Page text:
- Exposure – You get the opportunity to show you basketball skills to coaches who may not have heard of you. This exposure is not just to the coaches from the college where the camp is being held. Many times, especially with larger universities, outside coaches (from NCAA D2, D3 or NAIA, e.g.) will be hired to assist as camp coaches due to the sheer number of campers in attendance.
- Athlete interaction – You will get to talk with athletes from other high schools or AAU teams. It could result in moving onto a better summer league team or gaining insight about recruiting experiences.
Showcases are events held, mostly during the summer, where you can play with other prospective college basketball recruits and display your court talents to college recruiters in attendance. While pricey this may be considered an investment for your desire to play basketball at the collegiate level. Most of these events will offer video of your games to assist in your recruiting process. Aside from possibly playing in front of college basketball recruiters, you will also get a better handle on your overall skills as you may be facing better competition than you do during your high school season.
Get more information about College Basketball Camps.
Choosing a college basketball camp can be a little difficult for you at first, but here are some tips to think about before making a final decision. You have to ask yourself the reason you want to attend a basketball camp. Is it for exposure to college recruiters? Or, is it to hone your basketball skills? Many camps can do both at the same time but you really want to weigh your options – not to mention the total cost you will be facing. For instance, if you are looking to improve your overall game you may want to steer clear of the camps which focus on playing games in front of college recruiters. If you are just entering high school or just completing your sophomore year it may be a great idea to attend a ‘skill’ specific camp. Sharpening your foul shooting, your three-point shot and your ball handling skills are probably most important when you are younger. Camps geared toward college coach exposure are more important as you approach your senior year in high school.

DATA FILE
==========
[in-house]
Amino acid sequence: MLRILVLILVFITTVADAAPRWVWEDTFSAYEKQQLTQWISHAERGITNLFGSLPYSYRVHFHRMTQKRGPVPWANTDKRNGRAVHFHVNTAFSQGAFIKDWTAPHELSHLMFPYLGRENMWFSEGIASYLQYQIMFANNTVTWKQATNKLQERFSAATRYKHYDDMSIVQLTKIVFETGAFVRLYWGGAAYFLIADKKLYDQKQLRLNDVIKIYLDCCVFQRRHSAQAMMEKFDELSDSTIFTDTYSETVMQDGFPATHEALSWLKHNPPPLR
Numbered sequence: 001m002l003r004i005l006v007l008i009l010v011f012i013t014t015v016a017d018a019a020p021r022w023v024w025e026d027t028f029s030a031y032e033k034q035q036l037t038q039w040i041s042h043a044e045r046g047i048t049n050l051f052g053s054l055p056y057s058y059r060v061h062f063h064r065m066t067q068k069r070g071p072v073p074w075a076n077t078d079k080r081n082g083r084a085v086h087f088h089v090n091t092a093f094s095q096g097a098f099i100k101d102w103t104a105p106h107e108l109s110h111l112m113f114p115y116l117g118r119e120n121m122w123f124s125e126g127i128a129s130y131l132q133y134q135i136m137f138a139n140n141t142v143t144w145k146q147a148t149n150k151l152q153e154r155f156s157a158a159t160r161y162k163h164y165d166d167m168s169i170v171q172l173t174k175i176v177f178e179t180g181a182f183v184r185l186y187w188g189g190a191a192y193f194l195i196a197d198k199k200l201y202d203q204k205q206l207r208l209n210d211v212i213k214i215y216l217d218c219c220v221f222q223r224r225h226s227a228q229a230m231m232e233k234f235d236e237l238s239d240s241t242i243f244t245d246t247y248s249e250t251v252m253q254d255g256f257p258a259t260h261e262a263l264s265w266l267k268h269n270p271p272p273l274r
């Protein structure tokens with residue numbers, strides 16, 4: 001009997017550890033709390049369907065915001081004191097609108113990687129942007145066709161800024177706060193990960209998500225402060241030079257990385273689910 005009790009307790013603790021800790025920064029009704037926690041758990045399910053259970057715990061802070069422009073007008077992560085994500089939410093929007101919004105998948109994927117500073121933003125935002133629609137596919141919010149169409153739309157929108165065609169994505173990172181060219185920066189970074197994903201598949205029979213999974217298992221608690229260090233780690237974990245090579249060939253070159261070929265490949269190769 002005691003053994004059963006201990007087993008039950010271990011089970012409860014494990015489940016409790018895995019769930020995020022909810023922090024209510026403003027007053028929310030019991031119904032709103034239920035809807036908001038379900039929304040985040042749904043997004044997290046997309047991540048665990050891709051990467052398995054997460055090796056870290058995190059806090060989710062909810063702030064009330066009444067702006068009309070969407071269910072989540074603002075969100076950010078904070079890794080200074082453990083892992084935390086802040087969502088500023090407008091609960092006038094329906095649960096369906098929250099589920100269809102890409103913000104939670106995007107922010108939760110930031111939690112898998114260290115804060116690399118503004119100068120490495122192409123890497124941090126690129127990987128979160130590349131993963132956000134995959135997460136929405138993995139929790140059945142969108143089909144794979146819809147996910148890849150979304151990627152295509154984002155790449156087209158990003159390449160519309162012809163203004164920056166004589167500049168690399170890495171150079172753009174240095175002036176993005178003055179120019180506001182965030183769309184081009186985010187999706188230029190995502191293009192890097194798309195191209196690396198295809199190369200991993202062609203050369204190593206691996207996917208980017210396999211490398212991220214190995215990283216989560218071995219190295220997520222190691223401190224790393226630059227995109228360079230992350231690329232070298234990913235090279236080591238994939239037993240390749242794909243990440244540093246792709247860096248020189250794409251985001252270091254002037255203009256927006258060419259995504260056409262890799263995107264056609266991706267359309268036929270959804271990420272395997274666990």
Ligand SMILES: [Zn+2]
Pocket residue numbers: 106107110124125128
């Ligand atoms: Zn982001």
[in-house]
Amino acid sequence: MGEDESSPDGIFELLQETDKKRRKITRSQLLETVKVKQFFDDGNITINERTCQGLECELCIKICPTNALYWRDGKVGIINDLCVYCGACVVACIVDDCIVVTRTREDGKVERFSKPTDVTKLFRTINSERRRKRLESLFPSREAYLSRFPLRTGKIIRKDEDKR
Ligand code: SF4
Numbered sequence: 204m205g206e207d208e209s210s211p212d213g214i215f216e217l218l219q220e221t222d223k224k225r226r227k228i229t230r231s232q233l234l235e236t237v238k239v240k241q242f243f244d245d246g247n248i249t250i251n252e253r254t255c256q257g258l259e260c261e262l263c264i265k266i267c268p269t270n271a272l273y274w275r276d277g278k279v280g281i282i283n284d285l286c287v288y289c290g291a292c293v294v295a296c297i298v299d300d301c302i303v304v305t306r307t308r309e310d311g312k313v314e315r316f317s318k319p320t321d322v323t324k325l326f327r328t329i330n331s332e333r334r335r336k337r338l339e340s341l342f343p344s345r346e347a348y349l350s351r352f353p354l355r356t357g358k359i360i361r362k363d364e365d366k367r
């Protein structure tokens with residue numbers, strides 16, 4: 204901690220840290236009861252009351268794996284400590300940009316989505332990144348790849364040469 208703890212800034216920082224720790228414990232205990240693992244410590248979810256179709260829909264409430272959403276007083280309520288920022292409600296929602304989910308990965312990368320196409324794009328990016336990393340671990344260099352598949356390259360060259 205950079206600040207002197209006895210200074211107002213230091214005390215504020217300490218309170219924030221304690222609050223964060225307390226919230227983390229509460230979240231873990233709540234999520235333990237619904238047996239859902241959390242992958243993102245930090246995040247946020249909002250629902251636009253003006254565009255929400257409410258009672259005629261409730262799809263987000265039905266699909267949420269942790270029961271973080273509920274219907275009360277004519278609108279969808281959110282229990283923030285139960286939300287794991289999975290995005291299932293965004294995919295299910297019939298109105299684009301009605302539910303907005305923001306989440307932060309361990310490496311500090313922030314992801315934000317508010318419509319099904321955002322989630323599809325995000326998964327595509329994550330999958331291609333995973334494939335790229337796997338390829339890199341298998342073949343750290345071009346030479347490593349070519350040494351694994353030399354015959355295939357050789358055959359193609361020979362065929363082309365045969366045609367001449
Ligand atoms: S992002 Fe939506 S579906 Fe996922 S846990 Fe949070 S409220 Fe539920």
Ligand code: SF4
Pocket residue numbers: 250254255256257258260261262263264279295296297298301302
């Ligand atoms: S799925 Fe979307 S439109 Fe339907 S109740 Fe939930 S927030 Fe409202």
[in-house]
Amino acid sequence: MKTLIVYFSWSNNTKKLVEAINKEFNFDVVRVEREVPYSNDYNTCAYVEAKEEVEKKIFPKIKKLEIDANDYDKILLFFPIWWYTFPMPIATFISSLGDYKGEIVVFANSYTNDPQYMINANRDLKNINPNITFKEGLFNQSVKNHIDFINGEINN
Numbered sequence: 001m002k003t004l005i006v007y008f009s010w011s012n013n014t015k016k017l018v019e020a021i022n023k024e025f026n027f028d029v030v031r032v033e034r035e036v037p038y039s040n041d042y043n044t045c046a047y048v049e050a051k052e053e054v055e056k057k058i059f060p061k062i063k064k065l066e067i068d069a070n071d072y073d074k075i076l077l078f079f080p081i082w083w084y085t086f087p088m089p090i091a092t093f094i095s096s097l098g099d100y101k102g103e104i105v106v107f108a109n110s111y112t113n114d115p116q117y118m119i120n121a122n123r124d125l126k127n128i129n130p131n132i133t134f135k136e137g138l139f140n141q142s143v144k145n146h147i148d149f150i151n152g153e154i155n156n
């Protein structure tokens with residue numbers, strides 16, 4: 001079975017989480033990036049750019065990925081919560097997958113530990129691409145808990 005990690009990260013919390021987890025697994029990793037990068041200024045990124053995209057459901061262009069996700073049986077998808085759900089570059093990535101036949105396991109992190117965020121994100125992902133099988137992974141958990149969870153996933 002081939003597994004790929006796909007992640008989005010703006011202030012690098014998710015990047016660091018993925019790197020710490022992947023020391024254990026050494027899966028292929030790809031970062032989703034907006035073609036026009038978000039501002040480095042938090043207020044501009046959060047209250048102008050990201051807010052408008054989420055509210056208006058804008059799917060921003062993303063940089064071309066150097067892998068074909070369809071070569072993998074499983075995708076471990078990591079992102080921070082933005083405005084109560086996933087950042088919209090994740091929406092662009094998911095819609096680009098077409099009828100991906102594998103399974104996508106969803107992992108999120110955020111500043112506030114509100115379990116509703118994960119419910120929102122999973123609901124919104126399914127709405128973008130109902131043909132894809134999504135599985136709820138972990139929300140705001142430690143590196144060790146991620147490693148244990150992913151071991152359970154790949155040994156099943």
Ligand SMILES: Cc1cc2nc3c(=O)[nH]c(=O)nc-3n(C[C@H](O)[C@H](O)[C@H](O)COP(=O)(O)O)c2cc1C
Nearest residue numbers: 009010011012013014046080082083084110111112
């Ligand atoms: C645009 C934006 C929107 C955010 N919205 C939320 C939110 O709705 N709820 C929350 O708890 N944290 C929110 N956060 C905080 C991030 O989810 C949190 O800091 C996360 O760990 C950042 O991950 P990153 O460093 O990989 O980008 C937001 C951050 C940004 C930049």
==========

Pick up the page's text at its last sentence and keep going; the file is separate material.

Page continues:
When is National Signing Day for Basketball?
National Letter of Intent, or National Signing Day as it’s more commonly called, is the specific time when you as student-athlete will decide which scholarship offer you will accept from a college basketball recruiter. For NCAA D1 schools, the next signing day is April 17, 2019 through May 15, 2019. The next period is November 13-20. If you are offered a ‘letter of intent’ you will have seven days to sign and return it to the university’s basketball department. The signed agreement means you will commit to playing for that college for at least one year. The college must also let you know each year if the scholarship has been extended. Even if you sign the letter of intent, you must also be able to meet all of the admissions requirements of the school before actually attending classes. Before signing, you need to be certain this is the school you want to attend. If you request a release from the agreement it may or may not be approved by the university. If it is refused, you will lose one year of eligibility unless you play for a NJCAA or NAIA program.
Athnet is here to help you in your desire to play basketball at the collegiate level.
Through our many resources – including our website, free online profiles and various partnerships – we will provide you, the college recruit, as well as your family, easy-to-understand advice and subsequent resources to catch the attention from college recruiters. Recruiting and scholarship advice comes to you from our knowledgeable company representatives as each of them carries the experience of a former college coach or player. Your online presence is really a great way to start your recruiting experience. Did you know the vast majority (90%) of college recruiters start the process with an online search of student-athletes?
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How women’s basketball started